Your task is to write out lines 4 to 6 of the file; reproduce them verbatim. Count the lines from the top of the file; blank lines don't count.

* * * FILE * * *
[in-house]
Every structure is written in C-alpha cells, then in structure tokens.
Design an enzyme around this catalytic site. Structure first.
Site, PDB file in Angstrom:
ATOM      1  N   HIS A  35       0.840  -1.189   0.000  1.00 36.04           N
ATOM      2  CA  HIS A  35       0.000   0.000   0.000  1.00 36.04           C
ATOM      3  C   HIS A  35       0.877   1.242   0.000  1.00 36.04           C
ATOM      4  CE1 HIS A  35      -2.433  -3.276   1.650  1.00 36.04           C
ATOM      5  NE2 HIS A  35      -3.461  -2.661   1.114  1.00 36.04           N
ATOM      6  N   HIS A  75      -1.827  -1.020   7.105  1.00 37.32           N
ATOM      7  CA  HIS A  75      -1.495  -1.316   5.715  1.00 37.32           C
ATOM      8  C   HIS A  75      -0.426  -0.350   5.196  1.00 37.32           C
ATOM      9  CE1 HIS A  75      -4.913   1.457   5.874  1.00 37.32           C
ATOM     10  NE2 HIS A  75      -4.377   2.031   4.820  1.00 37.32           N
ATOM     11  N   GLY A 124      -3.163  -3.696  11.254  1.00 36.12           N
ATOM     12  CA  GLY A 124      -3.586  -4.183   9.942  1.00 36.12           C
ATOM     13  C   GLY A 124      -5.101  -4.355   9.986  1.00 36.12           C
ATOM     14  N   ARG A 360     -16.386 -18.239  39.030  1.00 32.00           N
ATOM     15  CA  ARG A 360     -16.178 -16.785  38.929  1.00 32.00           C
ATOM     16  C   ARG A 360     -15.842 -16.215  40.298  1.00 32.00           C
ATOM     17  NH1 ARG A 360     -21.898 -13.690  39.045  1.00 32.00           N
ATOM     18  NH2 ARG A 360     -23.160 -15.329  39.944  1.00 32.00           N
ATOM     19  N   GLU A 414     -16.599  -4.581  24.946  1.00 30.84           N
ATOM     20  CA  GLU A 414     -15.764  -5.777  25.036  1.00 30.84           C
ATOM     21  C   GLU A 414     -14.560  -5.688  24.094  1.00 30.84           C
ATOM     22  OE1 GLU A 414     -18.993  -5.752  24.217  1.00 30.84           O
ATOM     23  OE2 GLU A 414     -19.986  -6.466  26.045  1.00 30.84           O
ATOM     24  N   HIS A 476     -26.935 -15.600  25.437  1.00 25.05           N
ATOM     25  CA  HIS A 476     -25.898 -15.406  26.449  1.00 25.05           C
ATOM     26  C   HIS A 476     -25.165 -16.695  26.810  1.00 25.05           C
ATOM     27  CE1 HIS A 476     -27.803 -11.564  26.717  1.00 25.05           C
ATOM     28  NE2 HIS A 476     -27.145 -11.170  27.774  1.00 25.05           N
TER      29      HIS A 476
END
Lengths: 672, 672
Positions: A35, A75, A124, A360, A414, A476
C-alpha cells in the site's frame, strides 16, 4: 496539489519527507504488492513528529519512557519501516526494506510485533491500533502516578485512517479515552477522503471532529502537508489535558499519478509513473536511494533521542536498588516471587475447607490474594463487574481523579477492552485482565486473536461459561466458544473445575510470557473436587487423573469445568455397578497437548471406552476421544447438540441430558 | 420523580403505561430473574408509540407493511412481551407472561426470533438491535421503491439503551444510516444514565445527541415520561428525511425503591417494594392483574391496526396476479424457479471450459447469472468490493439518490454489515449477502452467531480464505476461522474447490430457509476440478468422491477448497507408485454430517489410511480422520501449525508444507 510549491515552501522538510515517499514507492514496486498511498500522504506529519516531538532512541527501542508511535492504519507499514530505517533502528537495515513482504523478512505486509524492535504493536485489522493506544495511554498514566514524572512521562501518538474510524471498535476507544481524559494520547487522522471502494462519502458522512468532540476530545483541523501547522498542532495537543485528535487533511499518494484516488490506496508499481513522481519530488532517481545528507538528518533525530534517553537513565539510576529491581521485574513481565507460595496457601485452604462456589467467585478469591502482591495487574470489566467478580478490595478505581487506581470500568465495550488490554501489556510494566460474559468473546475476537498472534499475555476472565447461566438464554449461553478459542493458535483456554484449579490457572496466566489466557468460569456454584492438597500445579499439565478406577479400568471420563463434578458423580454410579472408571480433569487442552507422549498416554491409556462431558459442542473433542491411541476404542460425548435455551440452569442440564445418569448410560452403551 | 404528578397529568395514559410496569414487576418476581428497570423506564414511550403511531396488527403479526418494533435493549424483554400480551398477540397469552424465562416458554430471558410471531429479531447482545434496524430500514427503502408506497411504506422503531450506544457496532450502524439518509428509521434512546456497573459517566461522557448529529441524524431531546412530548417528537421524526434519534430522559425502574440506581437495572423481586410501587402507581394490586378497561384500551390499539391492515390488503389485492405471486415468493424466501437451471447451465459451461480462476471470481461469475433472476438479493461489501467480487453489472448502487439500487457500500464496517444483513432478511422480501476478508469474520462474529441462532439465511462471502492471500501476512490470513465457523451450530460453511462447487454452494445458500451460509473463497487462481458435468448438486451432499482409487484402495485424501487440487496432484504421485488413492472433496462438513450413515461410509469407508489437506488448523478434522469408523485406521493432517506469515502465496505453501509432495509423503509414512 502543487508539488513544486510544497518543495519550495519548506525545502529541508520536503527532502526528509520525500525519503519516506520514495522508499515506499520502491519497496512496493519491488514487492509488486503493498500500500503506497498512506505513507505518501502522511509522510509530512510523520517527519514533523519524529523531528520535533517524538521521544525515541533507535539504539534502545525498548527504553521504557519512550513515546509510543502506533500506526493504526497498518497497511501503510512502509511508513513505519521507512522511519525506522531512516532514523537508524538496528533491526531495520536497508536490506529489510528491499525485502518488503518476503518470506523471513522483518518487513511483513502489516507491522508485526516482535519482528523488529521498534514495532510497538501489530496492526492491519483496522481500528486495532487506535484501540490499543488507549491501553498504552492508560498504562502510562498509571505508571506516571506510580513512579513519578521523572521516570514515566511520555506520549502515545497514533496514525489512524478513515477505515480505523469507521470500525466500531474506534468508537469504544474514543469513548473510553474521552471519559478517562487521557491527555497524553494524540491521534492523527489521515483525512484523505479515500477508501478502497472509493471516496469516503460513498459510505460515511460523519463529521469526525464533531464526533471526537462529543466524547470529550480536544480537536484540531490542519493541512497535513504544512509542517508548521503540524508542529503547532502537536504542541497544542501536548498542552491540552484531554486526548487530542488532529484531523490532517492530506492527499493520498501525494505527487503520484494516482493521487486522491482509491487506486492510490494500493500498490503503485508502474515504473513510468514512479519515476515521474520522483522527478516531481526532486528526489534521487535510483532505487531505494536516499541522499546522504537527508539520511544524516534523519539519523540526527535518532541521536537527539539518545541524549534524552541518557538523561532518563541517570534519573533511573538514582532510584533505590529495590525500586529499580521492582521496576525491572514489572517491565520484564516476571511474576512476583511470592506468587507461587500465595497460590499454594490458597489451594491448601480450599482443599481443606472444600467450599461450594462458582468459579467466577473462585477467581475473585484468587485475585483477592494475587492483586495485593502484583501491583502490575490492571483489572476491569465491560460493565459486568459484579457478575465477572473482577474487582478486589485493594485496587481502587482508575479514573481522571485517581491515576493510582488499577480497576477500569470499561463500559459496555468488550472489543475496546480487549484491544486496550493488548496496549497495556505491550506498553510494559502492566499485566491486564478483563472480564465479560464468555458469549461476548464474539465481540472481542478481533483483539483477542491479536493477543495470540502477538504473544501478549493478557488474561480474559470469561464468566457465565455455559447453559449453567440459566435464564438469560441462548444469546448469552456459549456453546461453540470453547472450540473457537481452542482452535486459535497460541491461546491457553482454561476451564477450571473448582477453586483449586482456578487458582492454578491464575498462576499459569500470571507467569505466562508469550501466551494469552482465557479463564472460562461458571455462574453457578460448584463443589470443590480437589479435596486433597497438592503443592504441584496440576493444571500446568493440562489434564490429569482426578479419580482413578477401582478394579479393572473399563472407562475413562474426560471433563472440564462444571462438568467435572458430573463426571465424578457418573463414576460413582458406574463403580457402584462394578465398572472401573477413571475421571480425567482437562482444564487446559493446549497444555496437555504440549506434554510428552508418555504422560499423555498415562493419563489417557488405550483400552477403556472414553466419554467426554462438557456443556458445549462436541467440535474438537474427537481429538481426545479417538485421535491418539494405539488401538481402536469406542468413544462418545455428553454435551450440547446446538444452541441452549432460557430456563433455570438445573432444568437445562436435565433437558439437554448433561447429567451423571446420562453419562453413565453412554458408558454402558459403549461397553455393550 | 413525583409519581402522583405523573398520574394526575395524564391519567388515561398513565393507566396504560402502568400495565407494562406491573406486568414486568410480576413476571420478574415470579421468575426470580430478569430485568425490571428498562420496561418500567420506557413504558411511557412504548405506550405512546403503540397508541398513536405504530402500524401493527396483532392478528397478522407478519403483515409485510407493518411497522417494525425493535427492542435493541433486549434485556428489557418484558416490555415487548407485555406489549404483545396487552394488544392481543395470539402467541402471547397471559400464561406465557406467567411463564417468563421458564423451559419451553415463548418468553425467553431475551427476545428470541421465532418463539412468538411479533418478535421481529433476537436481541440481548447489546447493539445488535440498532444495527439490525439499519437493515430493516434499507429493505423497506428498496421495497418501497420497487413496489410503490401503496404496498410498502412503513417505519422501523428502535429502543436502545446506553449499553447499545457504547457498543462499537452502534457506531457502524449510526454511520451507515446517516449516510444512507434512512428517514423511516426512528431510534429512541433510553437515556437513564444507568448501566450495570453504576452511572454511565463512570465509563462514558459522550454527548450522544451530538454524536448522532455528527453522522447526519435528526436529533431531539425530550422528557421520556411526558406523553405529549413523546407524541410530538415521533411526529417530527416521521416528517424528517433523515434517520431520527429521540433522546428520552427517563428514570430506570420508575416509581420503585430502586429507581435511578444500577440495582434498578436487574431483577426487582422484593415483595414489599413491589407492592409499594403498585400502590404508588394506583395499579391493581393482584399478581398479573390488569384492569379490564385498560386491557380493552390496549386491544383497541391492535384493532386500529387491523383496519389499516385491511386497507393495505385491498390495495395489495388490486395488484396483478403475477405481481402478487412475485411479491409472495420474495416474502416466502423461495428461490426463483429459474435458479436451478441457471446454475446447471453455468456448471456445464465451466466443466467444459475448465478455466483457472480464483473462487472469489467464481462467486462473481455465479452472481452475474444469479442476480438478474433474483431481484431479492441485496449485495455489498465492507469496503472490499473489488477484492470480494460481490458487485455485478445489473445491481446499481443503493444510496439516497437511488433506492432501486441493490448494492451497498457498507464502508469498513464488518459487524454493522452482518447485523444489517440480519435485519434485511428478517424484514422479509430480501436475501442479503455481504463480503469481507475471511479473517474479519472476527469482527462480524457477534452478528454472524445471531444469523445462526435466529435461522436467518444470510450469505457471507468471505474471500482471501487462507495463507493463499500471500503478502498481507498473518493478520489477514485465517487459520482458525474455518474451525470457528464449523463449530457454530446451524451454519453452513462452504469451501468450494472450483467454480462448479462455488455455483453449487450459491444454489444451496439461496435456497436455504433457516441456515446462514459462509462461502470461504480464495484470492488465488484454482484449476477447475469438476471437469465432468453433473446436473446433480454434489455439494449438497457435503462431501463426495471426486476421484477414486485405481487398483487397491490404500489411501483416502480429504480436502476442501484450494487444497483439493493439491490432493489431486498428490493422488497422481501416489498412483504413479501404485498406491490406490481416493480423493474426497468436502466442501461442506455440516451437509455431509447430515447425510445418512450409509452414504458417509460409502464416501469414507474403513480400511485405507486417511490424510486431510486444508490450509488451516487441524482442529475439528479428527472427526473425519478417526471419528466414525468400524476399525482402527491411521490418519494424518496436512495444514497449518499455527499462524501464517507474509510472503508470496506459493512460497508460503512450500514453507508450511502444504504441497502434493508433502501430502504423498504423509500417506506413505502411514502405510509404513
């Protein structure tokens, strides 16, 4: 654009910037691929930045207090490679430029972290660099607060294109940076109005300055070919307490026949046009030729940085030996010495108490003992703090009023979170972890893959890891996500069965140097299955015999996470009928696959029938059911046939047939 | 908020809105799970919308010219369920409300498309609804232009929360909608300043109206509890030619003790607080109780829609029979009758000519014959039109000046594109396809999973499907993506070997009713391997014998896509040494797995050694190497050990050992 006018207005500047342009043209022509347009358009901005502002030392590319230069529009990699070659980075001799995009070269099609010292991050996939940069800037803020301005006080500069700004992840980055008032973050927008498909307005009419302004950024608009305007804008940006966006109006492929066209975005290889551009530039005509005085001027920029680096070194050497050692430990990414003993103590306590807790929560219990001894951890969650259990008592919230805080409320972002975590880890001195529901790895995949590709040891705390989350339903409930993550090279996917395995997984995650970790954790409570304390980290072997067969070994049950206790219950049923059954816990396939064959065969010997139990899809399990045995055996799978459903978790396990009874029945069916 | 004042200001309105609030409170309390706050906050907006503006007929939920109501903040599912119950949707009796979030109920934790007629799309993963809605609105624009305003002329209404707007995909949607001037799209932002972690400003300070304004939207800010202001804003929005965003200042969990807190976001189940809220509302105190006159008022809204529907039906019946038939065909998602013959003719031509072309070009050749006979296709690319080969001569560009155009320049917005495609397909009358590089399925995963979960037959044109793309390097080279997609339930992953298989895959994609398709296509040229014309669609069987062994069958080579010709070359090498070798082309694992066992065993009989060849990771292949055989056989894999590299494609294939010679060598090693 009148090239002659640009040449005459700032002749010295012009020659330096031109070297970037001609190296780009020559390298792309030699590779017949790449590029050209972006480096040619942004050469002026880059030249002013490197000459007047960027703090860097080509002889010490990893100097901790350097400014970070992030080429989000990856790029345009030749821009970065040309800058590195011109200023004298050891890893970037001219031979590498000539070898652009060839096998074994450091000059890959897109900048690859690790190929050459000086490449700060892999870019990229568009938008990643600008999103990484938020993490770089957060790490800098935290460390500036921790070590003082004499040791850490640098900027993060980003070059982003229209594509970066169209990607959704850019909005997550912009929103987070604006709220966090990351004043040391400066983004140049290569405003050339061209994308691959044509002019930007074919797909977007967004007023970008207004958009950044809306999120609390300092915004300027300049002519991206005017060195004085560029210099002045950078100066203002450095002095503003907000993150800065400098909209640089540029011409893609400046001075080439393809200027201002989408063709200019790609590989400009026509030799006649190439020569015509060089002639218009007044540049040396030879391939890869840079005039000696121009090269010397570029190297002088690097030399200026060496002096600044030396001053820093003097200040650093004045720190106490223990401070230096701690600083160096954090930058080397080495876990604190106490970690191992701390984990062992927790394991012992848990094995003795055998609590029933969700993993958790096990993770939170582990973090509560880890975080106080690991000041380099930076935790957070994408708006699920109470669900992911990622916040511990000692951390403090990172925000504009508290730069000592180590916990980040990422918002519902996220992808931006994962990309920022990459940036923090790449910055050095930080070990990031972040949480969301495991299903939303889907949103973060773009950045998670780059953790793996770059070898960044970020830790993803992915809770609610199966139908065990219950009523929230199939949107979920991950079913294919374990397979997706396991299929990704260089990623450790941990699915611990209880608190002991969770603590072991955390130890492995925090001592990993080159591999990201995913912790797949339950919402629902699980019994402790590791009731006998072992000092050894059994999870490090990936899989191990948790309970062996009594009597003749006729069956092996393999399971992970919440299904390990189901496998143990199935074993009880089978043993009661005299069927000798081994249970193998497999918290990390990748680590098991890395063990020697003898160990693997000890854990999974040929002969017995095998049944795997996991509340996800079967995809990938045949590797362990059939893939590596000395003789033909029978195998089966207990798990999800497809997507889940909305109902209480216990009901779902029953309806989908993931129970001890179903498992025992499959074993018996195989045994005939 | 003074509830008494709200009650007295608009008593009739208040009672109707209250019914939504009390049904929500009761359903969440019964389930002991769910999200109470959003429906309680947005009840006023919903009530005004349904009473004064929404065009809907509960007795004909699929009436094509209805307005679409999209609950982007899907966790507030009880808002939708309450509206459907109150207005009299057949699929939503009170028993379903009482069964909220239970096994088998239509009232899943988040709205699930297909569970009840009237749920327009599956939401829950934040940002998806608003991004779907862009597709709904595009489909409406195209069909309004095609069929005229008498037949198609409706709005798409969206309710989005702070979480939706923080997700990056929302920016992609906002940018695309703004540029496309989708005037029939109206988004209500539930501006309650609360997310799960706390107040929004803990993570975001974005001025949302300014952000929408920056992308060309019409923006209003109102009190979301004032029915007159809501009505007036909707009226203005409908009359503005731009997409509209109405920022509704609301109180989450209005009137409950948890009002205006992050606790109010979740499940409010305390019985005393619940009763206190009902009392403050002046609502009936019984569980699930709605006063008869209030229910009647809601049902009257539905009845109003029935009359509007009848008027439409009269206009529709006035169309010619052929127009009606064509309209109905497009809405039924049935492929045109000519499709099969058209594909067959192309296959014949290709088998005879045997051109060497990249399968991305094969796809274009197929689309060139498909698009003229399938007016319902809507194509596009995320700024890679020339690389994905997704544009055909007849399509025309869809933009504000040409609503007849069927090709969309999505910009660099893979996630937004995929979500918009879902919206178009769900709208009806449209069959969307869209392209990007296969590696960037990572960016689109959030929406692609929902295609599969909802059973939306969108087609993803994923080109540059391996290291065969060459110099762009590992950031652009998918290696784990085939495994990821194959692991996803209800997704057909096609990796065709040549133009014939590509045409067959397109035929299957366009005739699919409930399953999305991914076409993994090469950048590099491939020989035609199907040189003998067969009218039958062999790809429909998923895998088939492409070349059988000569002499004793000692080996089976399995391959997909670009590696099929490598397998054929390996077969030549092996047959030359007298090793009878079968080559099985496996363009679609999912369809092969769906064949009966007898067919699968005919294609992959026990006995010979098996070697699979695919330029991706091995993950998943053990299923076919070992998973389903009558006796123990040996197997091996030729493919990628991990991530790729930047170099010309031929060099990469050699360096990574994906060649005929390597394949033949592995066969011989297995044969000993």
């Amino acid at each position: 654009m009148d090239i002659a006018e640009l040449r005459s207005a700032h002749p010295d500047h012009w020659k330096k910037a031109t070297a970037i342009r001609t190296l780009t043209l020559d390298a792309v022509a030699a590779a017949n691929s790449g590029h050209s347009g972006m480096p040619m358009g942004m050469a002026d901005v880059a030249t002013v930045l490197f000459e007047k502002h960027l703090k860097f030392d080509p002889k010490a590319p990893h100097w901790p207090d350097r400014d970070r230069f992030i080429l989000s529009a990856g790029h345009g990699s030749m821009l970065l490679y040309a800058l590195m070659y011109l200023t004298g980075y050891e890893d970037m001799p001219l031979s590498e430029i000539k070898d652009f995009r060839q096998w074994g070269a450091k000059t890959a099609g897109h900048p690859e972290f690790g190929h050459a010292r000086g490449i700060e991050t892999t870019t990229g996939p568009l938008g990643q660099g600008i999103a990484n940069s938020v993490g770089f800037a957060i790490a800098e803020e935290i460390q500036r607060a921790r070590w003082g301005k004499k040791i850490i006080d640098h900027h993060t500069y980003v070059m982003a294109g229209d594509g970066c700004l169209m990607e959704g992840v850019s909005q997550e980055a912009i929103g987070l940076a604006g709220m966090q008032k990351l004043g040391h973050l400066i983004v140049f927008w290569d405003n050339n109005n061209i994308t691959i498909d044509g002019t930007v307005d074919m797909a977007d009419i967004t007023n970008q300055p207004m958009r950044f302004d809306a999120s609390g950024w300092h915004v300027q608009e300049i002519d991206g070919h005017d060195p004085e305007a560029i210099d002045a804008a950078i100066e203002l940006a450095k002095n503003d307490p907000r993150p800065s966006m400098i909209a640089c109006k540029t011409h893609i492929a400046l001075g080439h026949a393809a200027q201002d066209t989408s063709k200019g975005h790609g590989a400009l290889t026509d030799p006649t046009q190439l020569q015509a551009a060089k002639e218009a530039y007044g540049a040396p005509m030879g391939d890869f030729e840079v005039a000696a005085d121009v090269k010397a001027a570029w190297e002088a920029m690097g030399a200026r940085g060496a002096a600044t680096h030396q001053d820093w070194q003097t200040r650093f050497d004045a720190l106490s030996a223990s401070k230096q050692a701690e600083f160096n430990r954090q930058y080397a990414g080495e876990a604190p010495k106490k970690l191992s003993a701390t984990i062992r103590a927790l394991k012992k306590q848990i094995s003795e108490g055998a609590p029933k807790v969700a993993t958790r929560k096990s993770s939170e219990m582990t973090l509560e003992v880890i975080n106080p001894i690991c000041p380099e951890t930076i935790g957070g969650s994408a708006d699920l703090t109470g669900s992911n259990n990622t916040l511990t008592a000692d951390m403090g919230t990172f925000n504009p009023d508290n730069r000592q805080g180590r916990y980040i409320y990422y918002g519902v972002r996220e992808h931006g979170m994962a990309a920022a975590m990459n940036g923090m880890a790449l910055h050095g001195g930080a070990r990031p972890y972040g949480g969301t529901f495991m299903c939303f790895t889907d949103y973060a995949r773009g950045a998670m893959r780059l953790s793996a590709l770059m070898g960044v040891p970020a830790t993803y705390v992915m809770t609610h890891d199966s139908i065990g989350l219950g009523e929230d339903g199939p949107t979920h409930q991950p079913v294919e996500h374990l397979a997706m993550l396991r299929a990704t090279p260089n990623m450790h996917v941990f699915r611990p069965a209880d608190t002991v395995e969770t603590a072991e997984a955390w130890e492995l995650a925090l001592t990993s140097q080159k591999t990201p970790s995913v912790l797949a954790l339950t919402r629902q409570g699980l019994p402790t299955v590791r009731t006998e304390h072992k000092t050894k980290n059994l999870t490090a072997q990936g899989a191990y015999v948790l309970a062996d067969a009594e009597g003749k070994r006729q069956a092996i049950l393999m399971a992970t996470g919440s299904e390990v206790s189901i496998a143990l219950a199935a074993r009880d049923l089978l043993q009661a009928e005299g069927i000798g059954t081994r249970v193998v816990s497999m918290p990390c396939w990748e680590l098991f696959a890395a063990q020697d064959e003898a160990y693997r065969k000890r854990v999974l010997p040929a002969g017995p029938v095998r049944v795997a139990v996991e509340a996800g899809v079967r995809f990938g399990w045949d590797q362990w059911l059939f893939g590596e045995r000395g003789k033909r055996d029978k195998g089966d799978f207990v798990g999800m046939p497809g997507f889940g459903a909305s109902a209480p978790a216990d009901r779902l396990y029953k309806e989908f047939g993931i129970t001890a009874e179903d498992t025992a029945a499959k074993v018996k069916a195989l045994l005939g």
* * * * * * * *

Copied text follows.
Site, PDB file in Angstrom:
ATOM      1  N   HIS A  35       0.840  -1.189   0.000  1.00 36.04           N
ATOM      2  CA  HIS A  35       0.000   0.000   0.000  1.00 36.04           C